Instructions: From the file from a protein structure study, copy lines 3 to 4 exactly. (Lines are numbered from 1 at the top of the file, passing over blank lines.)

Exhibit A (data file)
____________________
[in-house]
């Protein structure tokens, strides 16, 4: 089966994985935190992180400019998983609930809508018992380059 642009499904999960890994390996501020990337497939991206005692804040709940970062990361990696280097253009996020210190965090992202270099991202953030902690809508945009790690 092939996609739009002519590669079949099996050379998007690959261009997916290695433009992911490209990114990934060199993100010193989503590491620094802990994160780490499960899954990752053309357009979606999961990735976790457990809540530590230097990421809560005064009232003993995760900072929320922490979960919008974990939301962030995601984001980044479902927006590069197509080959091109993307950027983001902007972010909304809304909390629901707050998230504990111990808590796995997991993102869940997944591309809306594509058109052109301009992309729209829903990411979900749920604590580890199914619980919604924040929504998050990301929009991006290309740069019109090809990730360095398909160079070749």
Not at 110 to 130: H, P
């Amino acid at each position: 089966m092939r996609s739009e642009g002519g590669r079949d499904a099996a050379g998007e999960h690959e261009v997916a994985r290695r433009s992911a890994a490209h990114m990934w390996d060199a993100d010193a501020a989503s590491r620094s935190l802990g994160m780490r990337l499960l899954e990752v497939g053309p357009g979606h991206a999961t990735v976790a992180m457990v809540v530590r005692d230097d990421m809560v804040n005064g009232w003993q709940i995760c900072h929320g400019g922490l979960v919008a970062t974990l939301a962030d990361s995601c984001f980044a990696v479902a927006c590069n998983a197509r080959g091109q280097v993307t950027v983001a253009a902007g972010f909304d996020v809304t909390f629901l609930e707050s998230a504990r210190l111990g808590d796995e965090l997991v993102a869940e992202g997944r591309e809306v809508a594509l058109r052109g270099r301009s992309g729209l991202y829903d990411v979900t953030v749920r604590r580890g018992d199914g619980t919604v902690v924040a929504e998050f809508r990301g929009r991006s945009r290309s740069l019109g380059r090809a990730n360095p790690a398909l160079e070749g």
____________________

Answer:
Not at 110 to 130: H, P
């Amino acid at each position: 089966m092939r996609s739009e642009g002519g590669r079949d499904a099996a050379g998007e999960h690959e261009v997916a994985r290695r433009s992911a890994a490209h990114m990934w390996d060199a993100d010193a501020a989503s590491r620094s935190l802990g994160m780490r990337l499960l899954e990752v497939g053309p357009g979606h991206a999961t990735v976790a992180m457990v809540v530590r005692d230097d990421m809560v804040n005064g009232w003993q709940i995760c900072h929320g400019g922490l979960v919008a970062t974990l939301a962030d990361s995601c984001f980044a990696v479902a927006c590069n998983a197509r080959g091109q280097v993307t950027v983001a253009a902007g972010f909304d996020v809304t909390f629901l609930e707050s998230a504990r210190l111990g808590d796995e965090l997991v993102a869940e992202g997944r591309e809306v809508a594509l058109r052109g270099r301009s992309g729209l991202y829903d990411v979900t953030v749920r604590r580890g018992d199914g619980t919604v902690v924040a929504e998050f809508r990301g929009r991006s945009r290309s740069l019109g380059r090809a990730n360095p790690a398909l160079e070749g």